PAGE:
For many years the bowling and tennis clubs had shared facilities at the south end of our site – which meant that we had a long trek from the bowling green to answer even a basic call of nature.
On the long coach journey back from a bowls tour in 1989 a discussion took place amongst some members that we really needed, at least, toilet facilities close to our green. By the end of the journey we had decided to build a clubhouse and had formed a sub-committee to look into the feasibility of building a new clubhouse.
Apart from a qualified electrician and some DIY skills, we had no design or building knowledge and little idea what lay ahead. If only we knew …..
Some plans were drawn up by a friendly architect and we initially applied for planning permission to see whether or not we would be allowed to build a clubhouse and what could be built. We did this before informing our neighbours, as we thought we needed to know where we stood prior to letting everyone know what was going on.
In hindsight this may not have been the right way of going about things, as this led to us appearing on the front page of the ‘Croydon Advertiser’ for five consecutive weeks.
Suffice to say it took two years to obtain planning permission and to raise the funds to start building; but for the generosity of the majority of our members and two members who personally gave a substantial sum, the building of our clubhouse would not have been in a position to proceed at that time.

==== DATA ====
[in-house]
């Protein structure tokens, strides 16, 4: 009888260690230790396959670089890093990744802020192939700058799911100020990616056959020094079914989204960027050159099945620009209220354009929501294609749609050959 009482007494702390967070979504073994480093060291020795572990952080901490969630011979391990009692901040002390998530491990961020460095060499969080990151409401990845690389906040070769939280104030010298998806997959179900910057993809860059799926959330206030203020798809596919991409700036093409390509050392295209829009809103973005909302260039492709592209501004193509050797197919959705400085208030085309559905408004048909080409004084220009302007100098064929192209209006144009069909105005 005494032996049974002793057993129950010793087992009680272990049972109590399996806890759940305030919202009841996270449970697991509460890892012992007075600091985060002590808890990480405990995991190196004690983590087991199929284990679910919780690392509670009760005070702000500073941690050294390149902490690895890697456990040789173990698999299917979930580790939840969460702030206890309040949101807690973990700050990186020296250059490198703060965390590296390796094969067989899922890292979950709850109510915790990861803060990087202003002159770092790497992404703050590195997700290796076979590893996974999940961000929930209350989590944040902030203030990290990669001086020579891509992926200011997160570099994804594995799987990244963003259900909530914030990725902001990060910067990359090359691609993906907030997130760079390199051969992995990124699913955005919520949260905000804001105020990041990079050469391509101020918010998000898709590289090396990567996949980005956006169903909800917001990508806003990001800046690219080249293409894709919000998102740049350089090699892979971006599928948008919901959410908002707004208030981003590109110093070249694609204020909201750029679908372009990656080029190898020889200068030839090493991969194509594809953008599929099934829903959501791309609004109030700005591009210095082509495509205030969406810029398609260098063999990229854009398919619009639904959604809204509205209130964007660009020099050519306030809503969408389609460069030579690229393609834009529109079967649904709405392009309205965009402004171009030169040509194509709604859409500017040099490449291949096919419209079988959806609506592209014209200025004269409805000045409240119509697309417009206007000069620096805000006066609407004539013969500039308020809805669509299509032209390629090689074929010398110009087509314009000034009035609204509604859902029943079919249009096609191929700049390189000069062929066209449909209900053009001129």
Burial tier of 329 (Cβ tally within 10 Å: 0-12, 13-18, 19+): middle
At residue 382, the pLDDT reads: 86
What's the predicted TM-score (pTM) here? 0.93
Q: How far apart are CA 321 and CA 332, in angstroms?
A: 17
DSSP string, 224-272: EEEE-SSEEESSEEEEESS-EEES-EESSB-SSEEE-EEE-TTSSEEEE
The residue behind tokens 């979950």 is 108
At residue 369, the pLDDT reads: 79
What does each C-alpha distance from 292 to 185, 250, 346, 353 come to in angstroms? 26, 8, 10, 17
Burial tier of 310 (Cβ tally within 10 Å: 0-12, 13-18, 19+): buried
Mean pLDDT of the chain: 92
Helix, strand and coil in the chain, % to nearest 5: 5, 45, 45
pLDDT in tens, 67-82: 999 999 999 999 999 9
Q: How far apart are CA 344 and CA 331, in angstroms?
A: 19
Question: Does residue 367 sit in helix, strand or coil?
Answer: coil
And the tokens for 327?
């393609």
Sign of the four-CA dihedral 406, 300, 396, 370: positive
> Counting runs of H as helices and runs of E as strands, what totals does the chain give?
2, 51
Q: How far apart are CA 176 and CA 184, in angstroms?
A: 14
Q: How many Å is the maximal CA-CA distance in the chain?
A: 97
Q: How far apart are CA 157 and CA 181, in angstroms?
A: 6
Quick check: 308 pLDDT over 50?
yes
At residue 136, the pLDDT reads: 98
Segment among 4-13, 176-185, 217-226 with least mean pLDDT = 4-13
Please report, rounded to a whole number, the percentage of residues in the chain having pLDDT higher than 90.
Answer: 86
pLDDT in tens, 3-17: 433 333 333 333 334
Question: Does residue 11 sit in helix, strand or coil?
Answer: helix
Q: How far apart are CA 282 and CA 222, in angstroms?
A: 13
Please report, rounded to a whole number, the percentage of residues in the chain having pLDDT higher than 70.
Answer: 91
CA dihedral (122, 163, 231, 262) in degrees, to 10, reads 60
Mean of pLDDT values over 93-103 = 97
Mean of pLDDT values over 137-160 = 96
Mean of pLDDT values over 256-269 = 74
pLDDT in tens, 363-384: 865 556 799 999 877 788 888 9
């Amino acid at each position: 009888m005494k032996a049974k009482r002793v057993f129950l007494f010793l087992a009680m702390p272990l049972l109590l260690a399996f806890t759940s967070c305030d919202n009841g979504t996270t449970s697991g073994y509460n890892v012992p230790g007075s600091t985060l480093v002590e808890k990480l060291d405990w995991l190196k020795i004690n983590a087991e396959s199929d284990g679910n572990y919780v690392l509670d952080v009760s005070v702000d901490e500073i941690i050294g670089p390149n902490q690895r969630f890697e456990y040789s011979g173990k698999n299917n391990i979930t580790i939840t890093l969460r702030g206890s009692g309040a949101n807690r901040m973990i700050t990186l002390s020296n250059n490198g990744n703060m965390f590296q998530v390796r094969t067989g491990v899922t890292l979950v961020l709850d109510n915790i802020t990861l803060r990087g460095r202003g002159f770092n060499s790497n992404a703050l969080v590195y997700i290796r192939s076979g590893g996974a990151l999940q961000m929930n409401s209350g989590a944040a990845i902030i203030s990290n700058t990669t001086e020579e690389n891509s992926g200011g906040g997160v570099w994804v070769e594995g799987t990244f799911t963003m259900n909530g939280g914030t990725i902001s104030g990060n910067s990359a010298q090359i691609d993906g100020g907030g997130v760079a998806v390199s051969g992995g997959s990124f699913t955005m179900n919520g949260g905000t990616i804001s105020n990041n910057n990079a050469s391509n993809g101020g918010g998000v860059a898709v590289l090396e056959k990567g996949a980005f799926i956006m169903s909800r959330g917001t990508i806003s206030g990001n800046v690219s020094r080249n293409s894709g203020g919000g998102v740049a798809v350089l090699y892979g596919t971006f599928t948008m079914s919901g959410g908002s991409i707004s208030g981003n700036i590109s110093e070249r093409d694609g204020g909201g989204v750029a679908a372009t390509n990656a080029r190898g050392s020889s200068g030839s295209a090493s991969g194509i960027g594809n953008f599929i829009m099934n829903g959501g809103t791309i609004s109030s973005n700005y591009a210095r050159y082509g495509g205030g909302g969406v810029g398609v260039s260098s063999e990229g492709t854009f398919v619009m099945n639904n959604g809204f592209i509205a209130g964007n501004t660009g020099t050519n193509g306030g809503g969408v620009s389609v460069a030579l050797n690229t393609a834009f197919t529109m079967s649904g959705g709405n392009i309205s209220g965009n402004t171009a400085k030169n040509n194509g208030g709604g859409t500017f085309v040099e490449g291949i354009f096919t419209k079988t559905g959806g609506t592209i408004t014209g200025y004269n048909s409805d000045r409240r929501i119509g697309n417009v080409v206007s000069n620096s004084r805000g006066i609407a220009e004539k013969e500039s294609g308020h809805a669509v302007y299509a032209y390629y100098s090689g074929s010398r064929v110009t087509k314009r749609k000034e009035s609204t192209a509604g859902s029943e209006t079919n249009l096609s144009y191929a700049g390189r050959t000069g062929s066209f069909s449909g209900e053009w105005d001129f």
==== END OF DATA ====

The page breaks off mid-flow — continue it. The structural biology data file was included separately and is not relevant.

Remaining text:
We eventually ordered a purpose-built wooden pavilion from a specialist company in Strood, Kent and, at that time, it was the largest building of its type supplied by that company and a photograph of our clubhouse was displayed on the front page of their catalogue for several years afterwards.
As we were starting from scratch, we had to build a large concrete base as well as laying drains building ‘soak-aways’ and laying on power and water supplies. We employed builders for this work and one of the highlights was to see them burrowing under the pavement and road to connect up with the drain running down the centre of Brancaster Lane; a tunnel that appeared to be supported by thin sticks and orangebox wood, the offer by the builders of “crawling through to see what was going on at the sharp end” was promptly declined by one of the sub-committee.
The outer shell of the building was erected with the help of many of our members. We had to insulate and line the walls, fix a ceiling, build and plaster all the internal walls, build a bar and kitchen, lay in the electrics plumbing and burglar alarm and fully equip the building.
All the internal work was carried out by the members, regardless of age or gender, with some doing the building work, some painting and others providing copious amounts of tea and moral support.
To see the club as it was last winter the Google picture is on the site on the page called Google Earth.